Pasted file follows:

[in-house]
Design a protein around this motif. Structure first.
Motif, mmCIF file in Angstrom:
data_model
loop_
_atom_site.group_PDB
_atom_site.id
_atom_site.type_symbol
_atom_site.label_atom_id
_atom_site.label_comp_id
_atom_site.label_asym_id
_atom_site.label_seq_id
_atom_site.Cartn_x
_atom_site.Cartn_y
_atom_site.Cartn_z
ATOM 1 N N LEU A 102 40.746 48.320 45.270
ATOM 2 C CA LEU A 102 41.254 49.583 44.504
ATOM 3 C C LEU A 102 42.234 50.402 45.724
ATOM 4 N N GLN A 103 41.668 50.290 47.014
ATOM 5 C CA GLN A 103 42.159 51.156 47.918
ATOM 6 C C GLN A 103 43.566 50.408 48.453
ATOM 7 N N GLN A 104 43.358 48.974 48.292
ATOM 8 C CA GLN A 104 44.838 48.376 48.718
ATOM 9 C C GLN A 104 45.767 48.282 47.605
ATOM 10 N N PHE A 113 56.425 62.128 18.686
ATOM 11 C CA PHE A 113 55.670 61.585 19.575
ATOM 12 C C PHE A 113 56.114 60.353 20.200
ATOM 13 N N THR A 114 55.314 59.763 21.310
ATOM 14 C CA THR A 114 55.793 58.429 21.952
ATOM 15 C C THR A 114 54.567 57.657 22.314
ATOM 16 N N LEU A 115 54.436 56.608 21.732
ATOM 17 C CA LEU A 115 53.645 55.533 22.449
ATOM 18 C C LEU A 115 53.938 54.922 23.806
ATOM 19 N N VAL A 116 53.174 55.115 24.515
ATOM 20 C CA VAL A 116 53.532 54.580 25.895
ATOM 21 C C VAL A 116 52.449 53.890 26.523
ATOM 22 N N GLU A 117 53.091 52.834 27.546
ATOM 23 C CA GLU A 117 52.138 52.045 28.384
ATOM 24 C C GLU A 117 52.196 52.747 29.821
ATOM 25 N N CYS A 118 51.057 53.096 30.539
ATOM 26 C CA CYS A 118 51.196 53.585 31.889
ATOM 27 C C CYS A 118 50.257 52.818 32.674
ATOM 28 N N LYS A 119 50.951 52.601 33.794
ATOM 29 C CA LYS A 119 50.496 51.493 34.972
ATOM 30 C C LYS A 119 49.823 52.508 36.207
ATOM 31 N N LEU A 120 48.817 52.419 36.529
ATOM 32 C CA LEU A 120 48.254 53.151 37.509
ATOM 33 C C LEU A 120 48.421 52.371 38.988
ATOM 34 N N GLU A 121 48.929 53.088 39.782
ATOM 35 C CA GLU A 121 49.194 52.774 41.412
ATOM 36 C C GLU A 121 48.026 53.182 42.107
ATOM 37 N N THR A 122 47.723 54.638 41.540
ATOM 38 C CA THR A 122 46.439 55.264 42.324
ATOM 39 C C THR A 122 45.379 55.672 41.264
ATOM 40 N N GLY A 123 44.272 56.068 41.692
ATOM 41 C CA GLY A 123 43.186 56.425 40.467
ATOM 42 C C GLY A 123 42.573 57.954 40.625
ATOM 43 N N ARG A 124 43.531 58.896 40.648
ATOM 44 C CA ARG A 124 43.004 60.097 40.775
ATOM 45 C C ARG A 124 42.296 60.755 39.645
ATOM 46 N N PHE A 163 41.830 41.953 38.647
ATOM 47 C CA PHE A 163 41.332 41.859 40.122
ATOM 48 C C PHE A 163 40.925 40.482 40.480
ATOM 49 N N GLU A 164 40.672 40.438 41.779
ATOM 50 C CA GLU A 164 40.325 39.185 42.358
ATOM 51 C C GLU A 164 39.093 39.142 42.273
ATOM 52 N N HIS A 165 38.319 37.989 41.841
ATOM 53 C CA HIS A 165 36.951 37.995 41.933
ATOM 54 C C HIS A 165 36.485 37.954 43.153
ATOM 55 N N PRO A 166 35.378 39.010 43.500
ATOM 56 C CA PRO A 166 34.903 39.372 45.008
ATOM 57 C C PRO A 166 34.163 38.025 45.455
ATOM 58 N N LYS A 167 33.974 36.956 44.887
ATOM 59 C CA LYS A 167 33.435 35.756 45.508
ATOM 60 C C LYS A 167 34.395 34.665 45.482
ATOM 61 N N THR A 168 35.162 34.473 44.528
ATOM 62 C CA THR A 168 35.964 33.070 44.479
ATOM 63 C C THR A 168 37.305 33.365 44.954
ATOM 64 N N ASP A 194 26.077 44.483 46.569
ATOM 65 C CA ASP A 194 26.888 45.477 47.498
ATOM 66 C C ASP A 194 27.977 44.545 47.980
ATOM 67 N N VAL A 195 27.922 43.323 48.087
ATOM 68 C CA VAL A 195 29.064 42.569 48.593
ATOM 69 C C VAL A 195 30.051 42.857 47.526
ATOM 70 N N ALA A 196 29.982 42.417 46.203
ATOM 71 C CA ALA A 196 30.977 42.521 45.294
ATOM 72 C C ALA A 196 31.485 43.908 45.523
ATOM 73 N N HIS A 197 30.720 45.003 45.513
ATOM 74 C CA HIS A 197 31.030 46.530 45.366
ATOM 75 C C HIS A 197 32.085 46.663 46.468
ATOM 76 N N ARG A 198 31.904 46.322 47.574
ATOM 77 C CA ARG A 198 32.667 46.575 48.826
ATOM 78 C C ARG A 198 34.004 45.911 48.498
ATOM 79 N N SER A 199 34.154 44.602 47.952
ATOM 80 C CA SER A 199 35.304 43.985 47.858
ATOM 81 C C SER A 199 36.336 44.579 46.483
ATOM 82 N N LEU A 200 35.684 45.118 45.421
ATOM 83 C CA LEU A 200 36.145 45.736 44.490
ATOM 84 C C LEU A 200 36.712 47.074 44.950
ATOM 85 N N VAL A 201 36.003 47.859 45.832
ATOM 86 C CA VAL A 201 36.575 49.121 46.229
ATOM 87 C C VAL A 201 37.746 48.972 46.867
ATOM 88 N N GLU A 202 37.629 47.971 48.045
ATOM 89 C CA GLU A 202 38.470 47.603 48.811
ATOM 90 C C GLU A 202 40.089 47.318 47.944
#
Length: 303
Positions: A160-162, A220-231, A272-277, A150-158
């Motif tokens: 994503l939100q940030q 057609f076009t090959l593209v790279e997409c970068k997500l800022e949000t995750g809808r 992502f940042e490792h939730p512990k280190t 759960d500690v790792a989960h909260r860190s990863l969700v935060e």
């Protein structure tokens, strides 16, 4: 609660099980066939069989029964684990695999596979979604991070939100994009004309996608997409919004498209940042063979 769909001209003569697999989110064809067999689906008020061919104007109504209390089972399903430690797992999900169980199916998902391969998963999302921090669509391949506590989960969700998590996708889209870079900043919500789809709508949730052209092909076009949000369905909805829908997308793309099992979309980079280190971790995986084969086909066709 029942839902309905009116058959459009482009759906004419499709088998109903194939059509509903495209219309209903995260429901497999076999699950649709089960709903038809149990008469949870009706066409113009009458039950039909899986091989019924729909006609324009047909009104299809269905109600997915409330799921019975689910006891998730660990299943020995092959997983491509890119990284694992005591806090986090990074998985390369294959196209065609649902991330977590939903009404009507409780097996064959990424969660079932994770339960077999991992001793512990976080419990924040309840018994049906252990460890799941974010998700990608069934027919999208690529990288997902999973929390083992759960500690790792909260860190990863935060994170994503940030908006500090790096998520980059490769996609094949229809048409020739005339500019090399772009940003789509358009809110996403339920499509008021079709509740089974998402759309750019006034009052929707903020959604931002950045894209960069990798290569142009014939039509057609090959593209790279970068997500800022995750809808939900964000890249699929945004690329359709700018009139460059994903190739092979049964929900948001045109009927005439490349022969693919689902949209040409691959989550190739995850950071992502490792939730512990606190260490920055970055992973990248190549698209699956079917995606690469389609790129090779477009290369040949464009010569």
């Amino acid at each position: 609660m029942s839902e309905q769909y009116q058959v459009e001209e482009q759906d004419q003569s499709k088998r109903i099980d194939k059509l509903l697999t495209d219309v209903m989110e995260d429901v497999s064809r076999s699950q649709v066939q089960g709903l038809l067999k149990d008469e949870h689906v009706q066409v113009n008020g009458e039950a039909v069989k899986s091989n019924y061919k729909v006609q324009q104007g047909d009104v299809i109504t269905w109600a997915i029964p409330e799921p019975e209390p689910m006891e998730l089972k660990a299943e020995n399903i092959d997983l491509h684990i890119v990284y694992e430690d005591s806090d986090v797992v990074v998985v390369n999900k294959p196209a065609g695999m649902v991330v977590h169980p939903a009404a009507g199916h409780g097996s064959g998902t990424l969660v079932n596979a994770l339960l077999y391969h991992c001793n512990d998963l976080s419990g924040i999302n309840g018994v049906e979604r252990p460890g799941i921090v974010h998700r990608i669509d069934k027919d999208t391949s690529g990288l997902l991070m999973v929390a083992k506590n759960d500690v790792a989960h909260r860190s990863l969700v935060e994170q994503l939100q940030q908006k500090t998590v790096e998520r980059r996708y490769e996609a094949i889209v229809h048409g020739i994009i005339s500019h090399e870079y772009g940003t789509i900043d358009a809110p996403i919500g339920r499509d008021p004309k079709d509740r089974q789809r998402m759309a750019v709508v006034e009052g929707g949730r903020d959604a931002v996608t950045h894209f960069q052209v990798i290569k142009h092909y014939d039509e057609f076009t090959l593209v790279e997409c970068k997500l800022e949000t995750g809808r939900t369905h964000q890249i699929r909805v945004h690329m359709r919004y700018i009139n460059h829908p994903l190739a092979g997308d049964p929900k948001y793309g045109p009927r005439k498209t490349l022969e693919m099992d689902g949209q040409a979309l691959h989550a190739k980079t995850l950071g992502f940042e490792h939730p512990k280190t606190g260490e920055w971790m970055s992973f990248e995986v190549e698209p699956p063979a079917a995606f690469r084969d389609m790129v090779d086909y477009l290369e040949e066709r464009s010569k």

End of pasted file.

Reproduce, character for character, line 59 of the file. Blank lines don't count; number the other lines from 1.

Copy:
ATOM 44 C CA ARG A 124 43.004 60.097 40.775